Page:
I remember being a young rider and getting frustrated because the lesson pony I was on wouldn’t go forward. I would smack him with the crop and nothing would change. Then my riding instructor pointed out that anytime I went to kick or use the crop, I would pull back on the reins, signaling the pony to back up. 🤦♀️
My fault is a perfect example of how we can confuse our horses without even knowing it. If you’re having difficulty getting your horse to move forward, ask an experienced horse person to watch you ride. They can point out whether or not you’re communicating well with your horse.
It’s great to get in the habit of examining yourself first any time your horse isn’t responding correctly. I’ve found that I can usually correct the problem simply by taking the time to ask the horse more efficiently or in a different way.
Learn Groundwork Techniques To Help Teach The Horse To Be More Responsive
Ahh, groundwork. If you have read any more of my articles, you’ve probably realized by now that I wholeheartedly believe that groundwork is key to just about anything when it comes to horses.
Groundwork is anything you do with your horse on the ground, but you’re probably the most familiar with it as a handler working a horse around them in a circle.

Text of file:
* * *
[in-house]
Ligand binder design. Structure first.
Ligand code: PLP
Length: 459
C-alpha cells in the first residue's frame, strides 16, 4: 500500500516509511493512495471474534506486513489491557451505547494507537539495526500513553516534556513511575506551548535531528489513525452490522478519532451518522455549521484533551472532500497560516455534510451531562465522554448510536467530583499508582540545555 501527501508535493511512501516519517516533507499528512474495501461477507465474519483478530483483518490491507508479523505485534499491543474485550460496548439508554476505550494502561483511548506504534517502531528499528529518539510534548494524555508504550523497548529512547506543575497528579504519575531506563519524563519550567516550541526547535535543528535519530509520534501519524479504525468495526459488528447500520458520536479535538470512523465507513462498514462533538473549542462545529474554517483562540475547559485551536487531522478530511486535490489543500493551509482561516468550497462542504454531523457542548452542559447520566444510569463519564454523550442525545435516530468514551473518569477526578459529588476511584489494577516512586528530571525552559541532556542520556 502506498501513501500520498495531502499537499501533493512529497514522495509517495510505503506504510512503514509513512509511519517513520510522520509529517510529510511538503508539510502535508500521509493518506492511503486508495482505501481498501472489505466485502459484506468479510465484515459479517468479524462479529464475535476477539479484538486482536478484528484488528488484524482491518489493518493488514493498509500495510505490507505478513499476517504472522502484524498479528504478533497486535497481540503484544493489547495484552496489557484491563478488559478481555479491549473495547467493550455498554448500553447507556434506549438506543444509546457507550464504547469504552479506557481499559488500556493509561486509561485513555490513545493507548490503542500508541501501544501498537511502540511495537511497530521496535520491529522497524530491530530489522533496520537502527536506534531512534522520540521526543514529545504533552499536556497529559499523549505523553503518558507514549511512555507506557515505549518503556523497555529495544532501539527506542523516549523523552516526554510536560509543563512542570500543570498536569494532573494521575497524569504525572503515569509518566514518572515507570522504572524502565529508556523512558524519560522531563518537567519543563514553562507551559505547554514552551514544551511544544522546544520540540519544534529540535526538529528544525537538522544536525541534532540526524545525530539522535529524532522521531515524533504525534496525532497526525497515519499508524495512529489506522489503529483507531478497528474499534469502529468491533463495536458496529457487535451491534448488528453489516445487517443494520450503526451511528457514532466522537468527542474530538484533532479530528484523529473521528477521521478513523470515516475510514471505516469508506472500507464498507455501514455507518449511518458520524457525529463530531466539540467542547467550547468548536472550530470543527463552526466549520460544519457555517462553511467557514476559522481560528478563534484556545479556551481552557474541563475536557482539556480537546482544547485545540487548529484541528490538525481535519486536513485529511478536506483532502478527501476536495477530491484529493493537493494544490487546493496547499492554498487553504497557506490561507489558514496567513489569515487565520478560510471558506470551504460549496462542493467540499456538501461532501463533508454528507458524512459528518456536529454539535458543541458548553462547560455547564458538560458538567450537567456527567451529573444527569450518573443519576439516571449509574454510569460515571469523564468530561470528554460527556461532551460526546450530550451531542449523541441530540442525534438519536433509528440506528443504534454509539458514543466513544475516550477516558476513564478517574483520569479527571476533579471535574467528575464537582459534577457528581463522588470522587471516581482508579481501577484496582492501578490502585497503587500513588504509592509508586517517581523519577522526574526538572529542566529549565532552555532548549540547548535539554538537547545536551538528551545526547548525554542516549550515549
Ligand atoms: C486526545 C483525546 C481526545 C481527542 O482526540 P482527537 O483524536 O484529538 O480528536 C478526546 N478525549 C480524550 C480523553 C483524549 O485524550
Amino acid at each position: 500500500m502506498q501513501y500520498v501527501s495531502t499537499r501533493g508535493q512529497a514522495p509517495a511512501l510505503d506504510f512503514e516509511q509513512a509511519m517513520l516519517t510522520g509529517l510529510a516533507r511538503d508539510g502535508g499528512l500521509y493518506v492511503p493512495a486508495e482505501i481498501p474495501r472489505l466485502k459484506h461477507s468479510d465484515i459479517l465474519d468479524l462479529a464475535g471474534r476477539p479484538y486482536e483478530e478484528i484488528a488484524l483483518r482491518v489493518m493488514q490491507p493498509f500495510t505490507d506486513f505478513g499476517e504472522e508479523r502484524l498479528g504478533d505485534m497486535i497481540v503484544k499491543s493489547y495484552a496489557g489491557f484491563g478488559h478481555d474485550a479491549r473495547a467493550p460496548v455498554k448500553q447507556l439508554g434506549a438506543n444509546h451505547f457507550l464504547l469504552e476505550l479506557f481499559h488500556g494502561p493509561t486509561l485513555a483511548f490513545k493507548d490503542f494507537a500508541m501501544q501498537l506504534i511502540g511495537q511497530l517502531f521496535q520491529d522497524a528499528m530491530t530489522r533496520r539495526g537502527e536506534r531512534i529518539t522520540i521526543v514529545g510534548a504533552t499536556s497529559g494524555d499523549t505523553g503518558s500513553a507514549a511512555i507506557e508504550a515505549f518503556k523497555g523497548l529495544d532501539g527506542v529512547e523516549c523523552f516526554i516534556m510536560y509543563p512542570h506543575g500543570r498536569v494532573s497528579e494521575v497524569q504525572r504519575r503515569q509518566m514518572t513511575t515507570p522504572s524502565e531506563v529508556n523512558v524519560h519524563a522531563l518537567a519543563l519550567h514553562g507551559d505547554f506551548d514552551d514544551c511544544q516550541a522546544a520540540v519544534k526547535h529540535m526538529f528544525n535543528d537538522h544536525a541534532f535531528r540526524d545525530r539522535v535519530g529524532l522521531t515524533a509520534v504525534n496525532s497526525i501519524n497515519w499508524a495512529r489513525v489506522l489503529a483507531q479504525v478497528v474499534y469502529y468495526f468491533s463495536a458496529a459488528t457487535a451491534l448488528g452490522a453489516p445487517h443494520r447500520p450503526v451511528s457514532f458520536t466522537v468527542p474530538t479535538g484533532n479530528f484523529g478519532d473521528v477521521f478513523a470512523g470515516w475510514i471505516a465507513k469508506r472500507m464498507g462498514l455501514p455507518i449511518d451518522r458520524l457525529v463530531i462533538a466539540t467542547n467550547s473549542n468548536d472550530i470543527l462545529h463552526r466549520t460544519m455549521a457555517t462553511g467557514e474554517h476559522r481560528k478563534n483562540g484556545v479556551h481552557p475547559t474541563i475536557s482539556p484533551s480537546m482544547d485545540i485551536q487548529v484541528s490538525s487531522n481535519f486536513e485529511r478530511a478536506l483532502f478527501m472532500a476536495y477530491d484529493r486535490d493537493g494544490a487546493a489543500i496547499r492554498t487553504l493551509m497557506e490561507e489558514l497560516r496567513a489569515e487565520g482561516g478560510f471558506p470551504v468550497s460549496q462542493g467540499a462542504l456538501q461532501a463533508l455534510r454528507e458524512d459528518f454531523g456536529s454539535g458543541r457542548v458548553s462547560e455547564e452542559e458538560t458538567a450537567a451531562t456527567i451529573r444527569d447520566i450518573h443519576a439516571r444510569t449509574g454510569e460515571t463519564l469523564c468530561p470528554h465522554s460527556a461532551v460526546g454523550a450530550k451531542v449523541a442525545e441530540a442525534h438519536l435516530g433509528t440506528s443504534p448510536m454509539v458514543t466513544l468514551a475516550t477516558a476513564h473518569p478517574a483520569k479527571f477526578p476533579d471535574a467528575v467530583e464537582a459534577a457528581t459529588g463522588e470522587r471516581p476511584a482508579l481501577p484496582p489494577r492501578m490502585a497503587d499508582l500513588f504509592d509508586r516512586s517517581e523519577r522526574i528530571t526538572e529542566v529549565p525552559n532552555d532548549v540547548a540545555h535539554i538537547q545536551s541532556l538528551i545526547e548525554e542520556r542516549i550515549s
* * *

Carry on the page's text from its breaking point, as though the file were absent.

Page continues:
A lazy horse is one that doesn’t respond well to cues; it has become dull to any aid asking it to move forward. Groundwork will help your horse become more responsive to what you’re asking, both on the ground and in the saddle.
A great groundwork exercise to do with a lazy horse is to simply work it in a circle around you. Make the horse move forward using your body motion and the lunge whip. In the beginning, you’re really going to have to be assertive and show them that when you ask them to go, you mean go!
Another exercise you can do is get the horse to move its hind-end and front-end. Combine this exercise with putting your horse on a circle, and you’ll soon realize you have your horse’s full attention and willing response.
To learn how to do these groundwork exercises, check out our article, 5 Best Groundwork Exercises For Your Horse.
Practice Transitions To Help Your Horse Be Responsive And To Move Forward
A great way to help your horse learn to be more responsive to aids and move forward is to practice transitions. A good transition will require a horse to push themselves forward from the hind-end. This will also help your horse to develop the correct muscles.
I had a trainer who said that it’s better to ask your horse to do something with one firm kick rather than a bunch of tiny soft little nudges to their side. Obviously, if your horse responds well you’d use less pressure, but that’s not usually the case with lazy horses.